LEARNING ACTIVITIES FOR THE APPLICATION AND ANALYSIS LEVELS (PROCEDURAL) DIMENSION

Based on discussions that ensue, the teacher should design classroom experiences that give students an opportunity to explore and explain how force, mass, friction, and design parameters relate to an air blaster car. By explaining and demonstrating the application of force on an object causes an acceleration of that object, that is, the more force you have, the faster an object goes, and helping students comprehend that force is not the only factor in the movement, or acceleration of an object. Other factors such as the friction, air or fluid resistance, and pressure may affect the acceleration as well. The students may be asked the following questions: Why is it important to be aware of how force and mass affect acceleration? What other factors may play a role? Why? How? Students eventually will be expected to apply these principles to the design of a car, Figure 4. Students can provide feedback to sketches of prototype cars for each other, and the can also provide examples of where they have seen these principles used. This method helped students consider different views of the same situation, promoting application and analysis.

Sketches depicting factual and conceptual levels of Bloom's taxonomy Figure 4. Students' sketches depicting factual and conceptual levels of Bloom's taxonomy

They are required to keep a portfolio of sketches and drawings showing the development of the air blaster's final form. The design of this vehicle is not a linear process, and it is expected that many revisions of the design will occur. Thus, each student's car will have a different form that is based upon their design envelope (see Figure 5). Airblaster cars must be built to certain specifications to avoid interference with the propulsion system (i.e., placement of hole, wheels, launch system, guidance system, and the prevention of failure or destruction during testing). During the construction process, the students will learn to use tools, machines, and safety equipment, and they will identify potential safety hazards associated with them. Finally, the testing of the car will lead to both a self- evaluation as well as a peer evaluation process, as the vehicles are propelled down a track by compressed air (see Figure 6). The process of testing the cars will allow the students to compare and analyze the different designs for success and needed improvements. It is intended that a dialog between students will help further the design of the dragsters and improve results on the drag strip.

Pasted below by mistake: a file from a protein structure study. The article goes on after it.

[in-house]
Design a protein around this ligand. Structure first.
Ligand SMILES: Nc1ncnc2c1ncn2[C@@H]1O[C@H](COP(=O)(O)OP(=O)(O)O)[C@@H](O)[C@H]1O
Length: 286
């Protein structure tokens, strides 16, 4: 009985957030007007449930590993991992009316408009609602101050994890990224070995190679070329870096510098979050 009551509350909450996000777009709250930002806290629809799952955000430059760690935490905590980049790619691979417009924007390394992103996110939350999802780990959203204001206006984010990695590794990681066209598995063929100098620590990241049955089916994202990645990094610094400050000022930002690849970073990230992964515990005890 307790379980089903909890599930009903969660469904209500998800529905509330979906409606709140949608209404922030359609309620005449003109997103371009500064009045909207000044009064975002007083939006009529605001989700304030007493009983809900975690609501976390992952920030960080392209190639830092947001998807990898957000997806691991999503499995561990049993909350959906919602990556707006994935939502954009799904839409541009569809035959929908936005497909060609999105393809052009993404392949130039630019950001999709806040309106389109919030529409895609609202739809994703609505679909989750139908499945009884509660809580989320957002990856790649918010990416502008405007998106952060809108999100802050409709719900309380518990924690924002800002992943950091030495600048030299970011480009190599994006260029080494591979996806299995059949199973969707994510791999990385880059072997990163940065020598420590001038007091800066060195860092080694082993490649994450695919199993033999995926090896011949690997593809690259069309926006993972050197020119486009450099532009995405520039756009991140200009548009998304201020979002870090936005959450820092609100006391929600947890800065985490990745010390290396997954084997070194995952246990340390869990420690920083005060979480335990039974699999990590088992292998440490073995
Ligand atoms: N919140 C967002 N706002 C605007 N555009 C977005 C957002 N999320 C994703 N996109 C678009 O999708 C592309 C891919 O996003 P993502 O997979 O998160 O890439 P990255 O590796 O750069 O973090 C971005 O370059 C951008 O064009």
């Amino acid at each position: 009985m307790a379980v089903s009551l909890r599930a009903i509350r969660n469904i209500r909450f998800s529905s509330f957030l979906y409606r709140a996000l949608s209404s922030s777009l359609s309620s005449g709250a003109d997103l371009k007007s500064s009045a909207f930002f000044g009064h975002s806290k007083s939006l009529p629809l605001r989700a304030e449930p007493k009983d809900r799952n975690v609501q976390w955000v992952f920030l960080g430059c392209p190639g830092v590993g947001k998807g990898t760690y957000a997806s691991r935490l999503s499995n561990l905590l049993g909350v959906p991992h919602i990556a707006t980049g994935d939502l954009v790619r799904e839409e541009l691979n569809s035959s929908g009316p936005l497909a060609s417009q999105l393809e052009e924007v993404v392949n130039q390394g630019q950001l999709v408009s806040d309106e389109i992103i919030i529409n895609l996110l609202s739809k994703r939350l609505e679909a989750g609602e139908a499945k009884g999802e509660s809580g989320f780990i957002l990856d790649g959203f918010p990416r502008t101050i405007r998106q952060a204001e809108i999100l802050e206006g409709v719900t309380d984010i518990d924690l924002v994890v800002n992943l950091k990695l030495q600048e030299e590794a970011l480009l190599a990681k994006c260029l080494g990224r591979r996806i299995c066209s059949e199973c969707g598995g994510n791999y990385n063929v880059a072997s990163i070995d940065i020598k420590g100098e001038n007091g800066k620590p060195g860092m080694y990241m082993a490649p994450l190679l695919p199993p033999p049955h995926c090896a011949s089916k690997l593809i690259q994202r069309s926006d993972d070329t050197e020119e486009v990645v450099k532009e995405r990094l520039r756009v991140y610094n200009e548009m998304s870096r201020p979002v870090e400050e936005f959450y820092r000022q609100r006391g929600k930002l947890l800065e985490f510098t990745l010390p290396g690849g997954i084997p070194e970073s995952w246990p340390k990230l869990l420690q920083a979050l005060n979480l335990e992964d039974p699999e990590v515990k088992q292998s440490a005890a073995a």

Prototypes depicting conceptual and procedural levels of Bloom's taxonomy Figure 5. Students' prototypes depicting conceptual and procedural levels of Bloom's taxonomy

Prototypes depicting procedural and meta-cognitive levels of Bloom's taxonomy Figure 6. Students' prototypes depicting procedural and meta-cognitive levels of Bloom's taxonomy

Evaluating Engineering Design Process Learning Outcomes Based on Bloom's Taxonomy

A backward design process as described by Wiggins and McTighe (2005) facilitates the design of an evaluation process. Each of the identified learning dimensions (i.e., outcomes, Bloom's taxonomy) guided the instructors in setting evaluation criteria that would be congruent with the learning objectives and standards. This evaluation maps the final products of a given task, to the learning objectives. Evaluating the design process regarding the degree to which the students have achieved identified learning outcomes with respect to integrating STEM concepts requires relevant, appropriate, and informative data upon which judgments can be based (Haag et al., 2005). A documented evaluation procedure (see Table 2) provides an approach to obtaining data relative to the process of engineering design in a technology education class project that may seek to integrate STEM concepts. Students could be provided the following guidelines for evaluations purposes.

Table 2: Suggested Evaluation Procedure for Air Blaster Car Project to Integrate STEM concepts
STL/NGSS Standards RBT Dimension Activity corresponding to Original bloom cognitive processes Suggested Evaluation
STL8-10-MS NGSS-MS-PS3-1. Factual Students to submit portfolio of sketches that document initial research of challenge, criteria and constraints they experienced used to design air blaster car, Car Design Sketches. Complete submitted portfolios with at least 2 sketches, detailing the challenge, criteria, and constraints in the context of performance improvement.
STL9, 16-MS, MS-PS3-3., MS-PS3-4. Conceptual Speed and weight of car: students to record weight of their cars in grams, race car three times on a race track and calculate the speeds of their cars by utilizing the formula Speed = Distance / Time. Compare the data from their findings to those of their peers, and be able to explain how the weight (mass) of their car impacted the rate of the speed it travelled. Application of the Formula speed = distance/time upon students recording of weight of the car and tie to race on a specified length track. Students provide an explanation of how the mass of their car impacted the speed compared to at least 2 peers.